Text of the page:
Teaching virtue in theological education. Part 2 with Jonathan Worthington
Adult learning brings in experience to the classroom, but it can also mean there’s some unlearning that needs to happen as well. Teachers need to be aware of these dynamics when thinking through pedagogy.
Jackson and Jonathan talk through these principles for shaping curriculum:
- Go deeper in fewer areas
- Focus on skills while being rich in content
- Engage the text, then theology
So much of his work through these teaching issues started with a discomfort with the current tasks given in a traditional seminary context. For example, just giving a sample sermon in class. Worthington asserts that there are micro-skills that should fit into the macro skill of preaching.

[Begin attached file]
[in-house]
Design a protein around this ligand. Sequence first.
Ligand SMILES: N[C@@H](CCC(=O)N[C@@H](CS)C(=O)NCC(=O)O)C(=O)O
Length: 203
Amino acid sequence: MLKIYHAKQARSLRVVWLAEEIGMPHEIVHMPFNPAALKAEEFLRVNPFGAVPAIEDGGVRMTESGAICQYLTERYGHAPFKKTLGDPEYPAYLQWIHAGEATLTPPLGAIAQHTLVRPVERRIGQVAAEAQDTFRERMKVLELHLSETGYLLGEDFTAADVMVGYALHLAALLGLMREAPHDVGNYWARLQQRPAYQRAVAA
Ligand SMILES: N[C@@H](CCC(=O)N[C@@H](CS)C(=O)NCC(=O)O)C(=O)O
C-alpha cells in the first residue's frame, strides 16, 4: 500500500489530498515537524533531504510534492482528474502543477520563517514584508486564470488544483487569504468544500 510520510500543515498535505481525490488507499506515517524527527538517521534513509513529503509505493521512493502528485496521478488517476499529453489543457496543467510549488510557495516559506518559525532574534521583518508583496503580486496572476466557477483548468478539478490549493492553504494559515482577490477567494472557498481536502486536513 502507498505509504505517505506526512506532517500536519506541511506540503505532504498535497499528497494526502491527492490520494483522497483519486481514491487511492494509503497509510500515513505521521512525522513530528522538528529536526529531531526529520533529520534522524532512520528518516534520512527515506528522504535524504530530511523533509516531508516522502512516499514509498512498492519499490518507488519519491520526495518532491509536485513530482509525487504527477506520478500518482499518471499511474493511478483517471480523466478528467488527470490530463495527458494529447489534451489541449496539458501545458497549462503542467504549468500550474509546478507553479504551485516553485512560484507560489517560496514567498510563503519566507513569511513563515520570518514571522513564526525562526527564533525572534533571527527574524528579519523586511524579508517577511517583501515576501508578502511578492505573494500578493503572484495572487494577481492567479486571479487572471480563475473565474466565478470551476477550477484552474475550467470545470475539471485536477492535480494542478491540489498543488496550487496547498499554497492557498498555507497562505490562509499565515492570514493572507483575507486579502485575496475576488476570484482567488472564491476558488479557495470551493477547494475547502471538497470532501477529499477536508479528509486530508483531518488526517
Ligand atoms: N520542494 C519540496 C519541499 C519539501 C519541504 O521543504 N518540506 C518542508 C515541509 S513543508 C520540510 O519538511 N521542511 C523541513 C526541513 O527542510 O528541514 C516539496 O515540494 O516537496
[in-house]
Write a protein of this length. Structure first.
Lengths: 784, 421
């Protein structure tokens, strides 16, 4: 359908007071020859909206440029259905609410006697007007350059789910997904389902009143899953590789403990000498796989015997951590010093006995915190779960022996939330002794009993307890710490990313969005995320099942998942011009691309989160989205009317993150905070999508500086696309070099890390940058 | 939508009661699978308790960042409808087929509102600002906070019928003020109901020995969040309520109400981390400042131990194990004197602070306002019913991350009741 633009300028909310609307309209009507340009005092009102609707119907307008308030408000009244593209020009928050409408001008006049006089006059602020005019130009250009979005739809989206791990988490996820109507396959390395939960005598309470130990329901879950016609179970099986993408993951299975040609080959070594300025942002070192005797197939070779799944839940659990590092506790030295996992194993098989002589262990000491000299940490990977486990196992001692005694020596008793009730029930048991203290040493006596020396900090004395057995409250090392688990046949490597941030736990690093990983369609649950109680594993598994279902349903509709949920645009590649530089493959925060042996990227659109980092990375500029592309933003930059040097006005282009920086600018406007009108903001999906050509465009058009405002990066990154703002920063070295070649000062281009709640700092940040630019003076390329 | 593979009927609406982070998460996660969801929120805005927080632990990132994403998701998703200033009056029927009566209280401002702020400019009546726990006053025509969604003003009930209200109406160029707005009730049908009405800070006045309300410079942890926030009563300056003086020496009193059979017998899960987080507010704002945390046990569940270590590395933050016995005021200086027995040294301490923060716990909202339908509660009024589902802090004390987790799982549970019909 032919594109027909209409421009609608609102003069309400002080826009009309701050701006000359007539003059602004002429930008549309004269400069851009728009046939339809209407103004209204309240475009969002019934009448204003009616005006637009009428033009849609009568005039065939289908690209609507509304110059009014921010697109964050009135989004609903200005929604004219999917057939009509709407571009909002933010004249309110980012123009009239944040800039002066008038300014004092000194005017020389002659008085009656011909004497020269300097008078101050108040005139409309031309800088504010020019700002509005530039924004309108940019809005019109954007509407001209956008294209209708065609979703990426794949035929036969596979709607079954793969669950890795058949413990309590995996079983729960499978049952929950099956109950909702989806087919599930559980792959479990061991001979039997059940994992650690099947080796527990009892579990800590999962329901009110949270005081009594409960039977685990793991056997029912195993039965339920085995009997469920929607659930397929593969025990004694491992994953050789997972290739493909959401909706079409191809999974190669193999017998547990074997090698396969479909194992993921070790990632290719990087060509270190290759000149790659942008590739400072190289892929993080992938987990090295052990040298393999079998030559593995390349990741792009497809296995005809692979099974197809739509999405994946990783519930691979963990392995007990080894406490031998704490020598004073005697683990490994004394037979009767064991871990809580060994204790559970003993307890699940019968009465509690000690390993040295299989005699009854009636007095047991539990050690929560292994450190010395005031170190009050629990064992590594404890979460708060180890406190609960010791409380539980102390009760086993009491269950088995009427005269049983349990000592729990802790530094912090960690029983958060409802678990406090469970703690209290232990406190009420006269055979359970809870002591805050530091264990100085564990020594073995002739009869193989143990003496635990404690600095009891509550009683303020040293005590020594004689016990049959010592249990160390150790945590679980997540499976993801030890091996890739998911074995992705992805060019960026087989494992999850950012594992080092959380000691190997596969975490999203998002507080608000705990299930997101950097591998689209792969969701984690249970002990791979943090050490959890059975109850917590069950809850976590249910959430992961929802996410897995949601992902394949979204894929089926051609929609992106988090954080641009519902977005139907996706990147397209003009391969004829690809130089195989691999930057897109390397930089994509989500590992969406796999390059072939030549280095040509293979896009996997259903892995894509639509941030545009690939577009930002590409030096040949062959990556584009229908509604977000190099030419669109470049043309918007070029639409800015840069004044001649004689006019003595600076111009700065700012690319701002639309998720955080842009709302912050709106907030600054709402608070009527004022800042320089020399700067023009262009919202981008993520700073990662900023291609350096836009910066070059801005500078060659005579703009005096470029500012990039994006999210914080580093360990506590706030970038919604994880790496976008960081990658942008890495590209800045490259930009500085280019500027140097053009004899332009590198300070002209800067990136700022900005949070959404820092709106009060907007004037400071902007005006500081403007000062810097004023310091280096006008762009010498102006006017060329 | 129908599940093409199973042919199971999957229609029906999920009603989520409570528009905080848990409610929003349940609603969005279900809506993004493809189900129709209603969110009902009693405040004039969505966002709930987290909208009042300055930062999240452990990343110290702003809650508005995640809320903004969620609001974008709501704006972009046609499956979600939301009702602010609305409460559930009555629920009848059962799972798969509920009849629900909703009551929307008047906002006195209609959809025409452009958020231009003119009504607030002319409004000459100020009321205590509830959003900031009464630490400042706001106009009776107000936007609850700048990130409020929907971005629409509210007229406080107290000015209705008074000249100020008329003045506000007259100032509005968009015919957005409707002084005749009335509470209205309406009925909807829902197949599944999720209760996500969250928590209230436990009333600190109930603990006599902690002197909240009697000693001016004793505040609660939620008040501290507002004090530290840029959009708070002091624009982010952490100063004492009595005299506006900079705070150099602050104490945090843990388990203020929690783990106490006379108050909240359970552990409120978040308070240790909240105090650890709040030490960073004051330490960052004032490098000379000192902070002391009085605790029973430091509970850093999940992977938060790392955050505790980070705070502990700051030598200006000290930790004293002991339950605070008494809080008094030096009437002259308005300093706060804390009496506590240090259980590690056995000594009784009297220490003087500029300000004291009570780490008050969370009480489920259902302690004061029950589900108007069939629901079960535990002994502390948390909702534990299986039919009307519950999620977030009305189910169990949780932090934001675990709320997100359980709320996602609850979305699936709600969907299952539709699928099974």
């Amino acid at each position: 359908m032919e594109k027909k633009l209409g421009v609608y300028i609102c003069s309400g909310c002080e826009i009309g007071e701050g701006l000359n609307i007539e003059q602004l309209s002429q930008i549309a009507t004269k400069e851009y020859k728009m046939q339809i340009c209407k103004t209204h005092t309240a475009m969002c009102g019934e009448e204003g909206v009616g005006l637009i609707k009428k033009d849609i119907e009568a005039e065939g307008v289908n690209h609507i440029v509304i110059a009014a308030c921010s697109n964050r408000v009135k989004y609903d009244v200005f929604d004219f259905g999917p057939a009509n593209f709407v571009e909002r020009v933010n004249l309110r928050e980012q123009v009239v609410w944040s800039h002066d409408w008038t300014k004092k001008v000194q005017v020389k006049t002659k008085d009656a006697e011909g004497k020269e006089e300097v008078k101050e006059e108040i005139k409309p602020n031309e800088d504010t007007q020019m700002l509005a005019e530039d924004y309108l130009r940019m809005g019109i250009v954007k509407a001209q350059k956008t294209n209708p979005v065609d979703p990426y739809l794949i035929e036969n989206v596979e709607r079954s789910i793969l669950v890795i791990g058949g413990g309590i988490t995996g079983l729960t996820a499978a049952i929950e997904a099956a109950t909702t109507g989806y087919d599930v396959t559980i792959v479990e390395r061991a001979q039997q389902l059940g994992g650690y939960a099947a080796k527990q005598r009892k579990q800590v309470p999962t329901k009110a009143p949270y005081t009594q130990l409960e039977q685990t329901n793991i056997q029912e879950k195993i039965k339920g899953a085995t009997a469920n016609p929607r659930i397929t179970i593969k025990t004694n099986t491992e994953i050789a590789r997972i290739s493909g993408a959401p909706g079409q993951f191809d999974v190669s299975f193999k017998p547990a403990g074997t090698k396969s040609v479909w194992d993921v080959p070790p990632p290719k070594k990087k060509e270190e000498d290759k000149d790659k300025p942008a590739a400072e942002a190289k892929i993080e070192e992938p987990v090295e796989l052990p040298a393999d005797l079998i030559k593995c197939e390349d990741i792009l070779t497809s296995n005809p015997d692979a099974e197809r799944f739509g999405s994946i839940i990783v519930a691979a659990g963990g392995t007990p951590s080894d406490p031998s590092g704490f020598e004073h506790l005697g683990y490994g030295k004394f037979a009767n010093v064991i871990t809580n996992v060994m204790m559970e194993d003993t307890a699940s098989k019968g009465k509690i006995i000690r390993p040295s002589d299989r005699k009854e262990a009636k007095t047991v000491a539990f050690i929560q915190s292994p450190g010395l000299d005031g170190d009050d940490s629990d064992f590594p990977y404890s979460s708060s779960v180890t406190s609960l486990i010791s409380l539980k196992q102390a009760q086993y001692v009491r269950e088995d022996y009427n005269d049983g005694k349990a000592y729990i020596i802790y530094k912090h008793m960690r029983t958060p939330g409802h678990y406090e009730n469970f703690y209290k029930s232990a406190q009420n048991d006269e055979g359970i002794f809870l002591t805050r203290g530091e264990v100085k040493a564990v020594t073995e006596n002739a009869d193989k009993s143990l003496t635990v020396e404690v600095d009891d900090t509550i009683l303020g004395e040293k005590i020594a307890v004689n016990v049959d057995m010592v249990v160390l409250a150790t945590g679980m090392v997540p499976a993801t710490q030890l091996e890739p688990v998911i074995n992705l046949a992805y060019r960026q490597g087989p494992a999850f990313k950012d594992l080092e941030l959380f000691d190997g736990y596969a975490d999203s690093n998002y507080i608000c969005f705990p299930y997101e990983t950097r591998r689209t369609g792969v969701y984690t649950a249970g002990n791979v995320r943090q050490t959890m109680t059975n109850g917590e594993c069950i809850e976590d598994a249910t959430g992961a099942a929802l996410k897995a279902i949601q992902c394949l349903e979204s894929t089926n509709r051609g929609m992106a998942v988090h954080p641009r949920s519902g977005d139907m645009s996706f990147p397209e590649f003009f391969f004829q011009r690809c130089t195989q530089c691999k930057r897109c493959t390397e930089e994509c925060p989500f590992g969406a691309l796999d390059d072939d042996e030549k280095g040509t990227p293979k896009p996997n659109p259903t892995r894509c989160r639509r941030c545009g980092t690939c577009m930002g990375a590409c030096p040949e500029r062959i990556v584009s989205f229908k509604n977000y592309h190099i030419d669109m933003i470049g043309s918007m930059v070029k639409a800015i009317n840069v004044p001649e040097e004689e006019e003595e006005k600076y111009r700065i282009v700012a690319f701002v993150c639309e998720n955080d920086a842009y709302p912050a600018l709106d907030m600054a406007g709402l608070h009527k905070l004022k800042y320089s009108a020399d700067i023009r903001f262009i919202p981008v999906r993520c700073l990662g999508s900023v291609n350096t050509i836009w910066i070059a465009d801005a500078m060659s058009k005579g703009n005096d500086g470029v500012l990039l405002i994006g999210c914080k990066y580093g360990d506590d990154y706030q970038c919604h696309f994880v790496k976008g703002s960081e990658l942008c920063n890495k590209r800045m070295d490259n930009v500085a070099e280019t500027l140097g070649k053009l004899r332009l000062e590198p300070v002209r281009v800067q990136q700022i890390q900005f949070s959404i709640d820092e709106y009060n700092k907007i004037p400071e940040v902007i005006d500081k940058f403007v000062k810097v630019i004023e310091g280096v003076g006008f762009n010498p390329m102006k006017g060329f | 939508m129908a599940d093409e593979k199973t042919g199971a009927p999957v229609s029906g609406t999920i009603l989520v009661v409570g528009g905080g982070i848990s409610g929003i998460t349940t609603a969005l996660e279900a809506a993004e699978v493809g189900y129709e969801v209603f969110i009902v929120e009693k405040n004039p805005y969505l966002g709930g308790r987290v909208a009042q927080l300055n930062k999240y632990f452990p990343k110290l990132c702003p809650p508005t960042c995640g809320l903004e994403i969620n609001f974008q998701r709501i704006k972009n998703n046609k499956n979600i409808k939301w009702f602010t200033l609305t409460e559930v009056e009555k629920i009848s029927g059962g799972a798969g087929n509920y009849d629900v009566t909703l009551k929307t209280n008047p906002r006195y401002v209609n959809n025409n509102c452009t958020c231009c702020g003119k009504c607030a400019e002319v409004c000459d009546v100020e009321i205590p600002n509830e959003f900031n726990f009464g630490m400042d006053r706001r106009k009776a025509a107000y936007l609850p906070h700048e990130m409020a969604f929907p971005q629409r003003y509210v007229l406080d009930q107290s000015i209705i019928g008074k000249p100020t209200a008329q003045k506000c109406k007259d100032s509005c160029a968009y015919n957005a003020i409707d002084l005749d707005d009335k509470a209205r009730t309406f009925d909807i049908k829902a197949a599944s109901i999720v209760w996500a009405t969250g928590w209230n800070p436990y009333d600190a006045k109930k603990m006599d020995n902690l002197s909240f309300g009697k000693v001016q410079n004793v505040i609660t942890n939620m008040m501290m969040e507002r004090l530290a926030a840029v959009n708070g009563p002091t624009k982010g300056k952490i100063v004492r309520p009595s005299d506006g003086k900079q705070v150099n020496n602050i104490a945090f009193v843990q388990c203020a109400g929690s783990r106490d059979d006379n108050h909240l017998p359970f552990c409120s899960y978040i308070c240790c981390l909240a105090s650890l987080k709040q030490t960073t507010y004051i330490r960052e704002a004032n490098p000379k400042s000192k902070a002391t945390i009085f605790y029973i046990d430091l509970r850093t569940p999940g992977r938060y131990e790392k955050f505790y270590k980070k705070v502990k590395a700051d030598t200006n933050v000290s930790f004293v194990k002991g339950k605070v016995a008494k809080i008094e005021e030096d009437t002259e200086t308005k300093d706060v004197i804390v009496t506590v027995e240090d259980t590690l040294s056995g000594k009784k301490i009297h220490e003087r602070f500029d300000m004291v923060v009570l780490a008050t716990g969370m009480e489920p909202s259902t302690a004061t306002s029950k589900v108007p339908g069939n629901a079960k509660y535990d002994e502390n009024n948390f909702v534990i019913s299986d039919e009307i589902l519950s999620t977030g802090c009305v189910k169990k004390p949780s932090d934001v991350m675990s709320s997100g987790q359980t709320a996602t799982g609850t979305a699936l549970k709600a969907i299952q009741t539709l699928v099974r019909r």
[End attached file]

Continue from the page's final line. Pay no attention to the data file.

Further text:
Some questions discussed:
What are the micro-skills needed for preaching/teaching?
How does pedagogy impact the development of virtue?
Spiritual Formation by Training Leaders in their Indigenious Cultures: The Importance of Cultural Humility and Virtue Theory, Jonathan D. Worthington, Everett L. Worthington, Jr.
After You Believe: Why Christian Character Matters, N.T. Wright
Some Worthington articles:
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